A lack of global macro releases resulted in a subdued trading session yesterday, as markets await the minutes of the Fed’s latest policy meeting due tomorrow. With uncertainty being the norm lately, the Fed minutes are expected to provide a definite direction to market participants with regards to future monetary policy.
Across Europe, the Euro found some support yesterday after Germany’s Bundesbank indicated that the ECB may hike interest rates in order to restrain potential inflationary pressures. On the domestic front, public sector net borrowing and the CBI industrial trends survey, scheduled for release tomorrow, will be on investors’ radar.
Pound Sterling – UK Markets
Sterling showed resilience against the greenback yesterday on the back of recent upbeat domestic economic data, suggesting that the British economy is set for a steady recovery beyond the prolonged recessionary phase. However, lingering uncertainty over the timing of the potential unwinding of the Fed’s bond purchase programme capped the upside for the Pound. Developments across the Atlantic over the past few weeks have made markets jittery, with indecisiveness being the primary sentiment among investors.
Meanwhile, the Pound is trading in a tight range against the greenback and the Euro in today’s trading session. In the absence of major economic triggers at home, traders are looking forward to tomorrow’s public sector net borrowing report, which is expected to show a surplus, thereby indicating that the government is managing its finances well. Also, the CBI’s industrial trends survey will gain modest market attention. However, the Fed minutes scheduled tomorrow will undoubtedly remain the key determinant for risk appetite, as it will provide hints on the Fed’s policy stance in the near future.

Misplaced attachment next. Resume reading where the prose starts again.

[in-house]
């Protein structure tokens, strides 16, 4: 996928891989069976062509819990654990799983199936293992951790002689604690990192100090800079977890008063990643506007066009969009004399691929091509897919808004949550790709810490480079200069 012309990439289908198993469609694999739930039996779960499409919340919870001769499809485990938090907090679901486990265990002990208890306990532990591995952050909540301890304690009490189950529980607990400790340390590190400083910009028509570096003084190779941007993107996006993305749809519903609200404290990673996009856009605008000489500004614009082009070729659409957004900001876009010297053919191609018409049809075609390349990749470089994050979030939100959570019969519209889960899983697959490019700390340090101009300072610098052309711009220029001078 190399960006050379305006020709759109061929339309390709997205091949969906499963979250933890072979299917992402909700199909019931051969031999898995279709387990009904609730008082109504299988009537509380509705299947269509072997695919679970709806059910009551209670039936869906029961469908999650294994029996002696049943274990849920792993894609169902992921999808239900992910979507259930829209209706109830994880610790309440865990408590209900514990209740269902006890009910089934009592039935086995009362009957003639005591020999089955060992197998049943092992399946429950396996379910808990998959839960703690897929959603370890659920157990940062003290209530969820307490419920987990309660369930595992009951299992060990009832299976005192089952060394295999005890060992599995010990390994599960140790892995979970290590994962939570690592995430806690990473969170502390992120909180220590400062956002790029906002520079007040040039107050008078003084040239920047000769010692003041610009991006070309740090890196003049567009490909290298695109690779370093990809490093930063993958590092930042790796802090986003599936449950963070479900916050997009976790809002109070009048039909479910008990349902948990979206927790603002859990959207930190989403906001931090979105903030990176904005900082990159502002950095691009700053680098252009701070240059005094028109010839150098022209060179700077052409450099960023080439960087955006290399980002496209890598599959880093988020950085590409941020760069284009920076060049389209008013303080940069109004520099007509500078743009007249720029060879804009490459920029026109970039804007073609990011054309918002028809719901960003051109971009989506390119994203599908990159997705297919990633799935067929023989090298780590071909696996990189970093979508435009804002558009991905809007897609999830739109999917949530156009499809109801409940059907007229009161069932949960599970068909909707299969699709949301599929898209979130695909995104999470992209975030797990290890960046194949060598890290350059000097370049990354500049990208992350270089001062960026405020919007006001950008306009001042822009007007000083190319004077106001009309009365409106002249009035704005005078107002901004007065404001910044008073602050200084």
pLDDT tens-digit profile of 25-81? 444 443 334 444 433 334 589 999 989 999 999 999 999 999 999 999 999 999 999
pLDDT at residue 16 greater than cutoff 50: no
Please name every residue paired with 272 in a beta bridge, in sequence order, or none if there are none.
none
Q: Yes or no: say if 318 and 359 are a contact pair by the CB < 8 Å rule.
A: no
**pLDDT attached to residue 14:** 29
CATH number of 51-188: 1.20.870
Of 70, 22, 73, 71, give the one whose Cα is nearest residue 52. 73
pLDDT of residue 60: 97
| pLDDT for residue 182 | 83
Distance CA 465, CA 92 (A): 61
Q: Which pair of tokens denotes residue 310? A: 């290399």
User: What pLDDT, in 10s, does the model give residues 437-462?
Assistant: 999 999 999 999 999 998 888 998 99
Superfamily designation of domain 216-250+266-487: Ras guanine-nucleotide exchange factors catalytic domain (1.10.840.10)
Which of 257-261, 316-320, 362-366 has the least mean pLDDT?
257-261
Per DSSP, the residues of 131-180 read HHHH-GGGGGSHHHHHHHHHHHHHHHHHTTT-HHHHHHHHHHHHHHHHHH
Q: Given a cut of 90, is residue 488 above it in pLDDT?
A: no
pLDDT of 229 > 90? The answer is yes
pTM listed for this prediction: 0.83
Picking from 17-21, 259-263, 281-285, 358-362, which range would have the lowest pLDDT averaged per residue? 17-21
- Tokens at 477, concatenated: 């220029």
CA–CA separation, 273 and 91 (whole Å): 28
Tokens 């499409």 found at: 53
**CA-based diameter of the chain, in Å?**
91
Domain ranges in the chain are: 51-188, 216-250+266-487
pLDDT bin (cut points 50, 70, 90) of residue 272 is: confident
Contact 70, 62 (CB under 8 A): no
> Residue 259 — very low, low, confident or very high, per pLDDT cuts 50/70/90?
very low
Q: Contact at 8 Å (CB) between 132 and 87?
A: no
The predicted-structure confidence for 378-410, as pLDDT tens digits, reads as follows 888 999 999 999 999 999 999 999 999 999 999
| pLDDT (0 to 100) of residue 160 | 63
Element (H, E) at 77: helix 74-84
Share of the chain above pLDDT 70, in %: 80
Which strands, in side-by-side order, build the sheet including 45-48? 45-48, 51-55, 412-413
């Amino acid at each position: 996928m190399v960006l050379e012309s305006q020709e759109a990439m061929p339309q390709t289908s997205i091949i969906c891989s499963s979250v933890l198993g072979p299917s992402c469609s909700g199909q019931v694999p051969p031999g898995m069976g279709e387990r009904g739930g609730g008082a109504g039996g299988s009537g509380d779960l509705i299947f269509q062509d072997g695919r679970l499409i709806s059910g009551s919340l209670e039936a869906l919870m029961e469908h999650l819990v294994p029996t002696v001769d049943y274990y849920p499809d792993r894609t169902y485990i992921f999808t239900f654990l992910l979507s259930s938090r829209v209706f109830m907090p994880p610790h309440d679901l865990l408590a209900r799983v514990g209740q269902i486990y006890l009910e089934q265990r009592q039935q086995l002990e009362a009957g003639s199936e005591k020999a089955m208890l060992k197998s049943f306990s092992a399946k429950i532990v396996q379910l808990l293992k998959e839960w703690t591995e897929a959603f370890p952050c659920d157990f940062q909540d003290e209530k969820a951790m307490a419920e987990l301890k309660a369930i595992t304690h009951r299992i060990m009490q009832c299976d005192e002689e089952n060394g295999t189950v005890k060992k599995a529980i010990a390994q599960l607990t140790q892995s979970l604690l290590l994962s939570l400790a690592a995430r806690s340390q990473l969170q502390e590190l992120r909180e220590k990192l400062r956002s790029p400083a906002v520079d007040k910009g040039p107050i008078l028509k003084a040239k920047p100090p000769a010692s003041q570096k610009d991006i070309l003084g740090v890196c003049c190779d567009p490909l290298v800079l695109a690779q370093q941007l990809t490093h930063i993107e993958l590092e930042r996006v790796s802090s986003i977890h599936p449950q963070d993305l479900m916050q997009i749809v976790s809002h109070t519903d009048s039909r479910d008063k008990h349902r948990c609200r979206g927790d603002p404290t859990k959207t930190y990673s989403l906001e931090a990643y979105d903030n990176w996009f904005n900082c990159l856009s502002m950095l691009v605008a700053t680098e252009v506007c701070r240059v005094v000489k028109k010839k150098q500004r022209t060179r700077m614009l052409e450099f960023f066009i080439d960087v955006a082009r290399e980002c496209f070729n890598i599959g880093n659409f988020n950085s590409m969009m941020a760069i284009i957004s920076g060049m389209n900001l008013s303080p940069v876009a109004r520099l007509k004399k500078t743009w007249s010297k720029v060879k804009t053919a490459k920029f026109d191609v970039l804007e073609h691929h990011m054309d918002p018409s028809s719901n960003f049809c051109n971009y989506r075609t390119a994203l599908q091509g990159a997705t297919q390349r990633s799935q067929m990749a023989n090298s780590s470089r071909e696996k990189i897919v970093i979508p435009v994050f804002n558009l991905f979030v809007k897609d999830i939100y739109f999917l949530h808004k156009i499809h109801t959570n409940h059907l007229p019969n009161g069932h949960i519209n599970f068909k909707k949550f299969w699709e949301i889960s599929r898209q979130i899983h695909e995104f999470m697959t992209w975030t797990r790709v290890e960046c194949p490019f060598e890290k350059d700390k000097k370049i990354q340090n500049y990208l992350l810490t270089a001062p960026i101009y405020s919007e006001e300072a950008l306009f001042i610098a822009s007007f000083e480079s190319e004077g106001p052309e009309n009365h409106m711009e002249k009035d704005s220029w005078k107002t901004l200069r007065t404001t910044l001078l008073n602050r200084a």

US Dollar – US Markets
With tomorrow’s minutes of the Fed policy meeting on the horizon, market participants remain cautious in a restrained trading session today. With recent economic indicators unable to provide a definite direction for the next policy move, markets are looking forward to the minutes to shed some light on the same. While the Fed Chairman, Ben Bernanke, chose not to spill the beans on the timing of the Fed’s tapering plans at the last policy meeting, various Fed officials thereafter have gone on record indicating that the ultra loose policy measures may be nearing an end. Any indication of tapering QE3 at the September meeting could trigger capital flight and may weigh heavily on riskier currencies.
Jacob Lew, the US Treasury Secretary, has called for Congress to raise the government’s debt ceiling without the hassles of 2011, citing the current healthy economic environment. Meanwhile, another subdued session is in the offing today, with the Chicago Fed national activity index being the only major economic indicator scheduled for release. Apart from tomorrow’s Fed minutes, existing home sales data in the US will be eyed for further direction to risk appetite.
Euro – European Markets
In a rather quiet day in currency markets yesterday, the common currency traded in a tight range against the US Dollar and the Pound amid a lack of decisive domestic triggers. However, downside risks in the Euro were limited after the German Bundesbank‘s monthly report indicated that the ECB’s pledge to keep borrowing costs low will not deter the central bank from raising interest rates in case inflationary pressures flare up.
Against the backdrop of recent buoyant economic data, traders are looking forward to the Euro zone construction output later today for gauging the strength of the currency blocs’ construction sector. However, tomorrow’s minutes of the Fed’s last policy meeting are likely to play a pivotal role in determining direction to risk sentiment. Additionally, markets are keeping a close eye on the manufacturing and services activity data across Europe due later this week, which may provide further evidence of the region’s strengthening recovery from a six-quarter contraction.
Other Currencies – Highlights
The Aussie Dollar moved lower against the majors this morning after minutes of the RBA’s policy meeting revealed that the central bank would prefer a weakening Australian Dollar to support rebalancing of the economy. Policymakers also opined that although an imminent rate cut is not necessary, the central bank will not rule out the possibility of lowering borrowing costs in the future to support the economy. A benign inflation outlook has also kept the door ajar for additional rate cuts, as a slump in mining investment poses a stiff hurdle to growth. The RBA had cut its key lending rate to a record low of 2.5% at its last policy meeting after a spate of dismal economic data raised fears of a flagging economy.
Going forward, traders will keep a tab on the Westpac leading index early morning tomorrow for further insights on how the economy is likely to perform in the near future. Also, news flows emanating from both sides of the Atlantic will determine risk appetite among market participants.
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